Every time missionaries step foot in our churches, they ask us to pray for them. Every time a missionary sends a letter, he or she mentions some specific prayer requests. Yet, since it can be difficult to track all of the individual needs of each missionary that we support, we tend to pray something like this, “God, bless our missionaries!” Am I right?
A few months ago I ran across some words written by the original pioneer, church-planting missionary, the Apostle Paul. In his letter to the Christians in Rome, he asked for prayer in some specific areas:
Now I beseech you, brethren, for the Lord Jesus Christ’s sake, and for the love of the Spirit, that ye strive together with me in your prayers to God for me; that I may be delivered from them that do not believe in Judaea; and that my service which I have for Jerusalem may be accepted of the saints; that I may come unto you with joy by the will of God, and may with you be refreshed. (Romans 15:30-32)
I believe that we could have a powerful impact in the lives of our missionaries if we were to specifically intercede for them and ask God to grant them:
- Deliverance. Paul was under genuine threat from the unbelieving Jews in the Jerusalem area. He also faced dangers and threats elsewhere in his travels. The same is true for all of our missionaries. Some live in areas of political and social unrest. All of them live a lifestyle of constant travel, which poses its own risks. We all face spiritual assault from our enemy. We must pray that our missionaries be delivered from danger.
- Acceptance. Paul was involved in a commendable effort to bless the saints in Jerusalem. Churches across the first-century world had partnered together (through Faith Promise!) to bless the suffering believers in Israel. And yet, even though these ministry intentions were good, it did not guarantee that it would be well-received. Missionaries give of their heart, time, and resources to bless the people they are ministering to around the world. They travel the country sharing their burden and the cause of world missions with pastors and churches. These efforts and intentions are amazing, and yet, it does not guarantee that they will be well-received. We must pray that our missionaries’ efforts and service be accepted.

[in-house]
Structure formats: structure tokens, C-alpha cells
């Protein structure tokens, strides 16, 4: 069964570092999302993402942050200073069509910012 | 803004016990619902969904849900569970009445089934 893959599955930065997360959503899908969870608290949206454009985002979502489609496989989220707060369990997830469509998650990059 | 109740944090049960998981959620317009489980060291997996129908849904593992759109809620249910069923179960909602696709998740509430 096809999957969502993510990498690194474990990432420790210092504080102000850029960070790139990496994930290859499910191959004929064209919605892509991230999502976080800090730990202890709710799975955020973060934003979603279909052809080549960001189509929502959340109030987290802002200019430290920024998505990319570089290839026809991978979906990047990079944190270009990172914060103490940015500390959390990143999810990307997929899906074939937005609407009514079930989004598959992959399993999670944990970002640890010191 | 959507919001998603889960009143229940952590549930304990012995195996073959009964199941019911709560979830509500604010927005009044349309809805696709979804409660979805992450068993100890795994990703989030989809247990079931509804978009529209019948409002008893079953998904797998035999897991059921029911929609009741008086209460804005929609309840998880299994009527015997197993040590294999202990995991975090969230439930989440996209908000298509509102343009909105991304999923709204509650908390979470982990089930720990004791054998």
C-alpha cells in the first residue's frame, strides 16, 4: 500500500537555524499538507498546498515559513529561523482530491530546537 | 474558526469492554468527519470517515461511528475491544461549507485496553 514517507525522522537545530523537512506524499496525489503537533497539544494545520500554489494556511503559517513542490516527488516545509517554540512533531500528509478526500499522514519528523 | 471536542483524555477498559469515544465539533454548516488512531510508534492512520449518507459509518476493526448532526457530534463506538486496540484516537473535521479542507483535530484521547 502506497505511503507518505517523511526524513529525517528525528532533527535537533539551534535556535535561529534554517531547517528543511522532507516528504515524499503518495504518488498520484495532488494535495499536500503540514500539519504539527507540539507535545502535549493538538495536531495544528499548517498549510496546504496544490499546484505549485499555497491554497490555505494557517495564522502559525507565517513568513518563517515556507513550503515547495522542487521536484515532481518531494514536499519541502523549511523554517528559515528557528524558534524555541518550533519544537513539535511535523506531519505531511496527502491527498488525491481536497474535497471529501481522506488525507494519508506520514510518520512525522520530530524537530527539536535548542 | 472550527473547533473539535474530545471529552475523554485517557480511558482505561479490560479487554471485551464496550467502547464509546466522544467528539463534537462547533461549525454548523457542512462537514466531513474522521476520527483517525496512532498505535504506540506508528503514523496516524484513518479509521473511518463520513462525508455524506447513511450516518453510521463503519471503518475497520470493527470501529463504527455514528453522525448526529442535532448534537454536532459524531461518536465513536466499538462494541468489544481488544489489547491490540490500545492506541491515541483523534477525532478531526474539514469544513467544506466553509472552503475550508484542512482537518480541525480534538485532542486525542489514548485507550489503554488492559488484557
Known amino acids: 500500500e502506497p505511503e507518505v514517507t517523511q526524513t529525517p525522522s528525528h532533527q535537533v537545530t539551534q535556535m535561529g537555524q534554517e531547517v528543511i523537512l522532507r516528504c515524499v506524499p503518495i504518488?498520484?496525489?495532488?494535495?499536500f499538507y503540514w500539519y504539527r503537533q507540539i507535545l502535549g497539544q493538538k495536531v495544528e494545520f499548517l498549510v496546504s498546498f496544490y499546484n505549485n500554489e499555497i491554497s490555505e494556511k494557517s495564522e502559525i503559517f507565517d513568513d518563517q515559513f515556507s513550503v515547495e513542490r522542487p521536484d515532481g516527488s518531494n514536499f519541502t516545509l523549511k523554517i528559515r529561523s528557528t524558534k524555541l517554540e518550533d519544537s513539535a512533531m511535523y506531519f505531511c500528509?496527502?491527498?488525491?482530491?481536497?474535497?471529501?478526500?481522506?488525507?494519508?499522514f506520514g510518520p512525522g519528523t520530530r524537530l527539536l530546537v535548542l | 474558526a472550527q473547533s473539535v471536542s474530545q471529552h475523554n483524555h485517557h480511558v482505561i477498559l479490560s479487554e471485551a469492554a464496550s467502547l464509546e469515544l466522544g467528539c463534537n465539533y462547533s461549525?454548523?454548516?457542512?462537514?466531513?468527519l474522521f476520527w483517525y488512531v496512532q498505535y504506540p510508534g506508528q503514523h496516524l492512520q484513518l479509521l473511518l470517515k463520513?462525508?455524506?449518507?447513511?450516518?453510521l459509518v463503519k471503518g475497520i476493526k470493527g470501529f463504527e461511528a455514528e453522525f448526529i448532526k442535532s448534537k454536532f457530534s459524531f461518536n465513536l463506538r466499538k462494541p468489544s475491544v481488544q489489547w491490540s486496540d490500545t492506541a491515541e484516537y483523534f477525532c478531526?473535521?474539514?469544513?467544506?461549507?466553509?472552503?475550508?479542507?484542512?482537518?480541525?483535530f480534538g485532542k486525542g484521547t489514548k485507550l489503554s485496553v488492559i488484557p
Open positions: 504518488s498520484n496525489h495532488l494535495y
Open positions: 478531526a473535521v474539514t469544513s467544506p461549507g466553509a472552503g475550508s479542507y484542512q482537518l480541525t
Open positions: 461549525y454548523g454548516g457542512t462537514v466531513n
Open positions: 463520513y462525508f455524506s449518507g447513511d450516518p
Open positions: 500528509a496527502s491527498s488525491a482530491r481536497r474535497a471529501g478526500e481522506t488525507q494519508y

- Joy. We would like to assume that Paul was always filled with joy as he traveled and served the LORD. But if you have been involved in ministry for long, you know that there are countless circumstances and experiences that drain or steal our joy. And when we aren’t serving with joy, it can become miserable! Missionaries (as anyone else) need God to be their Source of joy, and to lift them up as they press on in carrying out the will of God. We must pray that our missionaries be filled with joy as they serve.
- Refreshment. Serving God in any ministry, and in any location, can be exhausting physically, spiritually, and emotionally. That reality is exponentially greater when a missionary is far removed from his family, home church, and native culture. The isolation can be brutal at times. Even when missionaries return for “furlough,” it is often far from a time of rest and renewal, as they need to report to their supporters, which involves constant travel. We must pray that our missionaries intentionally seek times of personal, marital, and family refreshment while they are on the field, and especially while they are on furlough, and we must be their greatest cheerleaders as they do so.
Yes, we want God to “bless our missionaries.” But I invite you to take Paul’s prayer requests, and make them a regular part of your prayer for missionaries. The impact will be greater than you can imagine.